Seakeeper has developed a particularly sophisticated anti-roll gyro that eliminates up to 95% of boat roll on vessels 27 ft. and up. A unique feature is its vacuum-sealed enclosure, which protects the gyro’s flywheel, bearings and motor from the marine environment and facilitates a smaller, lighter and less power-consuming design. Seakeeper’s solution uses the CAN bus to coordinate a distributed control system.
“We started using Kvaser because they are compatible with the calibration tools that we use for software programming and testing. From there, we found they were useful, rugged and cost effective to use in our production process and during our extensive testing programs. Kvaser’s interfaces have proved to be rugged and reliable in harsh environments, where there is regular exposure to salt water, high shock loads and temperature extremes.”
Among the attributes that set Seakeeper’s gyro apart from competitor solutions is its ‘smart’ nature, whereby it automatically gauges variables including sea state and boat speed, then optimizes performance quasi-instantaneously. Explaining CAN’s role in the Seakeeper control system, Bob Lawrie, Director of Advanced Projects at Seakeeper Inc.: “We use the CAN bus to coordinate various sensor readings and actuator outputs to optimize stabilization. Our CAN network has a system controller, an IMU (which senses boat motion), a drive (which powers the motor that spins the flywheel), and a user interface display. We also have a second, electrically-isolated CAN bus located in the user interface display that allows replication of the user interface functions on larger display screens.”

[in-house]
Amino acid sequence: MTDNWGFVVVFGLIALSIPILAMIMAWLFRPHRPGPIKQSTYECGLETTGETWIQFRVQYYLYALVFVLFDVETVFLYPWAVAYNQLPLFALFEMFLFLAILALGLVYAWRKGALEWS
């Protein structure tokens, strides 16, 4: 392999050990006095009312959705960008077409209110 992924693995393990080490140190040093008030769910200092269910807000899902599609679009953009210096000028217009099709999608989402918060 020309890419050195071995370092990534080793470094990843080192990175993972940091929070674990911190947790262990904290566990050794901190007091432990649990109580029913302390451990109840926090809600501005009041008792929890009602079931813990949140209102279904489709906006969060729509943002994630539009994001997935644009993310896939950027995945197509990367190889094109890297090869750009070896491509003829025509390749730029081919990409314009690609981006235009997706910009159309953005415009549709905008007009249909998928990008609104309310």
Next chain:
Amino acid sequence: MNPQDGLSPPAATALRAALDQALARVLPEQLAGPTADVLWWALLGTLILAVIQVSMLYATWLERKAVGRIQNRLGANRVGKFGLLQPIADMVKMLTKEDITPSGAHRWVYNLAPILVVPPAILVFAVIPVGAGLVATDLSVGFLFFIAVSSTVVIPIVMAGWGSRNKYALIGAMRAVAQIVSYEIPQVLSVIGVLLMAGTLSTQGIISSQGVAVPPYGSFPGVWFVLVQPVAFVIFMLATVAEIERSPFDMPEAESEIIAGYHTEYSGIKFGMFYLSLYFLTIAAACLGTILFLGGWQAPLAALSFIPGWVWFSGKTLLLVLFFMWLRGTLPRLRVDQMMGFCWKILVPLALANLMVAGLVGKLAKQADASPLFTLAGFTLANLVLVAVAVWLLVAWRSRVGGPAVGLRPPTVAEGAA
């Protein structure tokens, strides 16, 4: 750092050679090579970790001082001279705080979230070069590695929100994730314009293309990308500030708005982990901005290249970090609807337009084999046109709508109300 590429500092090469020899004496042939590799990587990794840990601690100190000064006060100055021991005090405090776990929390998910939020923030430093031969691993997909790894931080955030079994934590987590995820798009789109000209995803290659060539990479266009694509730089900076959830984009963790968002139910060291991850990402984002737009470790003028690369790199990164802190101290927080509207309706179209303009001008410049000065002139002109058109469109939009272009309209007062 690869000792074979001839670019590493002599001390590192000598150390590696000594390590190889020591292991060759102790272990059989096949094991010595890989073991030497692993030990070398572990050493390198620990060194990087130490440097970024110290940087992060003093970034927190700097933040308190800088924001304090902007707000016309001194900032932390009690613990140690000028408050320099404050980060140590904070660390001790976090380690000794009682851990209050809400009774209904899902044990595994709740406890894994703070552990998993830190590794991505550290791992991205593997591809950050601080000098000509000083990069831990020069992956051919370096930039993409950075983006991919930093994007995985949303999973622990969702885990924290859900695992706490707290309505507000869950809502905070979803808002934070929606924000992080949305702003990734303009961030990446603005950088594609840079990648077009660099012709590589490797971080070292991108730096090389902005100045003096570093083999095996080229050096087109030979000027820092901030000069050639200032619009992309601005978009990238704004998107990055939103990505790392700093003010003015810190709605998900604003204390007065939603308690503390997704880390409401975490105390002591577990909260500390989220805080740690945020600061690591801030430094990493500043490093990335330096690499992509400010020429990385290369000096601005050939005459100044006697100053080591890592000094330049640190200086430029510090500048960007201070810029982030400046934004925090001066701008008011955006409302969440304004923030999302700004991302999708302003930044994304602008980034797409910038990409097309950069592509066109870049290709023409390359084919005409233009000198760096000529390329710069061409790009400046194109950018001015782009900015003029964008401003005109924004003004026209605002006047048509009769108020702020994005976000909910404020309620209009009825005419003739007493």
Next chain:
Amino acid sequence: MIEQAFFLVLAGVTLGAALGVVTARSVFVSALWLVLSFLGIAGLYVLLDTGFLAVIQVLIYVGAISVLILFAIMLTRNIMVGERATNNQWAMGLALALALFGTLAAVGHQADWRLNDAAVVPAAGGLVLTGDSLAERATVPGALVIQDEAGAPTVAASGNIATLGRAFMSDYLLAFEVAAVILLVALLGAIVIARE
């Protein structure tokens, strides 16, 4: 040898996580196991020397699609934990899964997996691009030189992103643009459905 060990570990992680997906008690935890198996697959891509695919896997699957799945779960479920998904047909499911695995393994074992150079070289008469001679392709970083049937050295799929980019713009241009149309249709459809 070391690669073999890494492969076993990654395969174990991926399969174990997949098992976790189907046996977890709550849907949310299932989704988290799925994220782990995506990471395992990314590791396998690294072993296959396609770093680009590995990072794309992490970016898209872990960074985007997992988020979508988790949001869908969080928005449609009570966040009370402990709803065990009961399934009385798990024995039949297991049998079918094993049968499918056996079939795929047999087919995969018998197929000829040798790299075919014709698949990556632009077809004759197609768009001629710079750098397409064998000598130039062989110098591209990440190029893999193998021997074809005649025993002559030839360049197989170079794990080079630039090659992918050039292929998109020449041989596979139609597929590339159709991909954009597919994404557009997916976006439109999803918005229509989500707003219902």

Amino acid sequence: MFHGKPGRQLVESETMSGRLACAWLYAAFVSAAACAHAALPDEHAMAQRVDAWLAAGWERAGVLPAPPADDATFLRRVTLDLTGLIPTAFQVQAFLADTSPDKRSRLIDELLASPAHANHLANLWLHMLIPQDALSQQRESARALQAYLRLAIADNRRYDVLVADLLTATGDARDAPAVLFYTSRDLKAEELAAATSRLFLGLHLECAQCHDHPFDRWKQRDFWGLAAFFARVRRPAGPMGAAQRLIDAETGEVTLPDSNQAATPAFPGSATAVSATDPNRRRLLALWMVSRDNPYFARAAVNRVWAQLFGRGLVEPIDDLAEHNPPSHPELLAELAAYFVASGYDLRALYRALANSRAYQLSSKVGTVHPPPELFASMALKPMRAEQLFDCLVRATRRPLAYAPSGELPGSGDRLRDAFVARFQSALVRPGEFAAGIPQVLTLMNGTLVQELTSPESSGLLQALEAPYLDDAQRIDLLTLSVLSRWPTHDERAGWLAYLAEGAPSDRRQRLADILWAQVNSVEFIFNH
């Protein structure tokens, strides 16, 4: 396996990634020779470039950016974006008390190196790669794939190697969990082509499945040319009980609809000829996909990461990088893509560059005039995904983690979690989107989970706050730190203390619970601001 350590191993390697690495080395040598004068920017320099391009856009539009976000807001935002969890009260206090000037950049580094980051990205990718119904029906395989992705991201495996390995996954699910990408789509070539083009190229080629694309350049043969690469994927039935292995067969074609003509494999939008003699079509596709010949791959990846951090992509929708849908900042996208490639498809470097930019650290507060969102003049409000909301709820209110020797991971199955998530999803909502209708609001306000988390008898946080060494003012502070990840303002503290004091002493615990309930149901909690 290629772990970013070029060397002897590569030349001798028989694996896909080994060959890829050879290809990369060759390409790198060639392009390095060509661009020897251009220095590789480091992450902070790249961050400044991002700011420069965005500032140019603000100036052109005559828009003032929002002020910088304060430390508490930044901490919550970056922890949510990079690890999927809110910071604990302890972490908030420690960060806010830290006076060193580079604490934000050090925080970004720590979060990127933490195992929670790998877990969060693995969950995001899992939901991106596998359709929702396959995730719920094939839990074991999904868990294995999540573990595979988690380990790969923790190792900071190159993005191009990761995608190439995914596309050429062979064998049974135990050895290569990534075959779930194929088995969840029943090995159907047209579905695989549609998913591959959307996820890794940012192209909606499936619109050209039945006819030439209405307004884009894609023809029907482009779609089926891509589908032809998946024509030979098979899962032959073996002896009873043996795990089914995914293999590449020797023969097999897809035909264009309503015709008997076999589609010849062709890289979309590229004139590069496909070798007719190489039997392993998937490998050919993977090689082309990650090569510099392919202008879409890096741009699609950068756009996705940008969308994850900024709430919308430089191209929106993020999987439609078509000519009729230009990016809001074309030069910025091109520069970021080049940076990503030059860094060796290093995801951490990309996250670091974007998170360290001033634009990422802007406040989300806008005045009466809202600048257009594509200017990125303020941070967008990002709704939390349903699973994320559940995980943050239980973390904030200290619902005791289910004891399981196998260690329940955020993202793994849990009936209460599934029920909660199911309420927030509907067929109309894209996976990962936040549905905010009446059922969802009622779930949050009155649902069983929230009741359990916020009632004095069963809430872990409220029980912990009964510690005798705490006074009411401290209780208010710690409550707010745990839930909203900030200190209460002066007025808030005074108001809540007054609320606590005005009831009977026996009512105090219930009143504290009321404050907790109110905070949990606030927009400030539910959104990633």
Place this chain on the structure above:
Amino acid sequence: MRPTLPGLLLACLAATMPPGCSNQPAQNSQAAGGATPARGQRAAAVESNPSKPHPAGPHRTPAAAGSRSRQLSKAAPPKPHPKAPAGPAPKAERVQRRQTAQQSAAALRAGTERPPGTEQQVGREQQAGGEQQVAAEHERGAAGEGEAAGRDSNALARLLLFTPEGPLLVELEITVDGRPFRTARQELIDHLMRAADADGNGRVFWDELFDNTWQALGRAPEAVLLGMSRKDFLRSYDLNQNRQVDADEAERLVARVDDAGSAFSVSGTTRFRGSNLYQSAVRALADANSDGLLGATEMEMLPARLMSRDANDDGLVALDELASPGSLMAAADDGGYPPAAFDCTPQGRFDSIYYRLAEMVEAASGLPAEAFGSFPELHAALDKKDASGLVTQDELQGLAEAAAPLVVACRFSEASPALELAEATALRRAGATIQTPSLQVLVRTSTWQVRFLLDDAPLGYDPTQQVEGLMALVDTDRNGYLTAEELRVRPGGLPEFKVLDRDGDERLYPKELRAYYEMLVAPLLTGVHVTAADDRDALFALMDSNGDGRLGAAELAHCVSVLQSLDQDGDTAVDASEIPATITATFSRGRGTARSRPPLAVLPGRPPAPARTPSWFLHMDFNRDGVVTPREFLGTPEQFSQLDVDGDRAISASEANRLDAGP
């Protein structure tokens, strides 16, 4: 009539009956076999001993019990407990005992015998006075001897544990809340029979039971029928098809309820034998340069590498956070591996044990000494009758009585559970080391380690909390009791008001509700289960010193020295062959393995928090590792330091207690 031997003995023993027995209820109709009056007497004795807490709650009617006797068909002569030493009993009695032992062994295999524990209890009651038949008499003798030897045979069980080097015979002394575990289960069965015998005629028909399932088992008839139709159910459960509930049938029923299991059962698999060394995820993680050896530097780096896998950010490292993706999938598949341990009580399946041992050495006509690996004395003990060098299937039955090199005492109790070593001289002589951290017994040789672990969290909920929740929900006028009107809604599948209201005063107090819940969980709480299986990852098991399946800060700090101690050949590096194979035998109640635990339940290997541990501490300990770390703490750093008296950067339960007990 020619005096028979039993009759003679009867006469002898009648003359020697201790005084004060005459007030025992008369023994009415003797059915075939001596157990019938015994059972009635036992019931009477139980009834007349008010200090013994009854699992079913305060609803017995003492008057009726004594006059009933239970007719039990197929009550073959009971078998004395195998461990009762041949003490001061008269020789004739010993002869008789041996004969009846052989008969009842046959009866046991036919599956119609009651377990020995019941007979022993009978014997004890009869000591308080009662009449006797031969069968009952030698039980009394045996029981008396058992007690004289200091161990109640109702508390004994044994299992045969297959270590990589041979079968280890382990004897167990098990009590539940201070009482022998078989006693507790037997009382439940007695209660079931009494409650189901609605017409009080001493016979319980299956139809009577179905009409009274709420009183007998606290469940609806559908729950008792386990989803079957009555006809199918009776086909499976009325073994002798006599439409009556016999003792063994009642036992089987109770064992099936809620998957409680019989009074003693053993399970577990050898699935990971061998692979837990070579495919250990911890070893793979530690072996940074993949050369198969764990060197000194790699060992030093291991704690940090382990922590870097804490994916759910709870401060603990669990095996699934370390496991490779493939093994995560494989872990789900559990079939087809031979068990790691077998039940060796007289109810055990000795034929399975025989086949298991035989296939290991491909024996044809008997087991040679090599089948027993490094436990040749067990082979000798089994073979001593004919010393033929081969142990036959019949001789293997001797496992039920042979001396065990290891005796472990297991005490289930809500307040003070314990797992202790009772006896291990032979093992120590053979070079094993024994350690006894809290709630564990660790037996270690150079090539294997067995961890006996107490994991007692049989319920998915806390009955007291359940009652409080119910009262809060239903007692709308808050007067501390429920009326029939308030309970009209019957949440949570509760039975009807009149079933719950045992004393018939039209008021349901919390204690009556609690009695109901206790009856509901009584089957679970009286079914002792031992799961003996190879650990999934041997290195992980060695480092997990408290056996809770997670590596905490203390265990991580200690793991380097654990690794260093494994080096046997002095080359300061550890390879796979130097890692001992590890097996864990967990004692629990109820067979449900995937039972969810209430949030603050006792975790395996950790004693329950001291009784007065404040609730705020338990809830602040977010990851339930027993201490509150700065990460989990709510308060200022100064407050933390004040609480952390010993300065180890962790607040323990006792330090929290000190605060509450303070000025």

During control system development and testing, Seakeeper used a combination of the Kvaser Leaf Light Rugged and Kvaser USBcan Light 2xHS to connect to their calibration tools. Recounts Lawrie: “As a calibration tool interface, these provide access to all data needed to monitor and log data, adjust calibration parameters and optimize the control system. We also use the Kvaser interfaces to log data to proprietary software during our final assembly test qualifications and to program the controllers on the CAN bus during production and for software updates in the field.”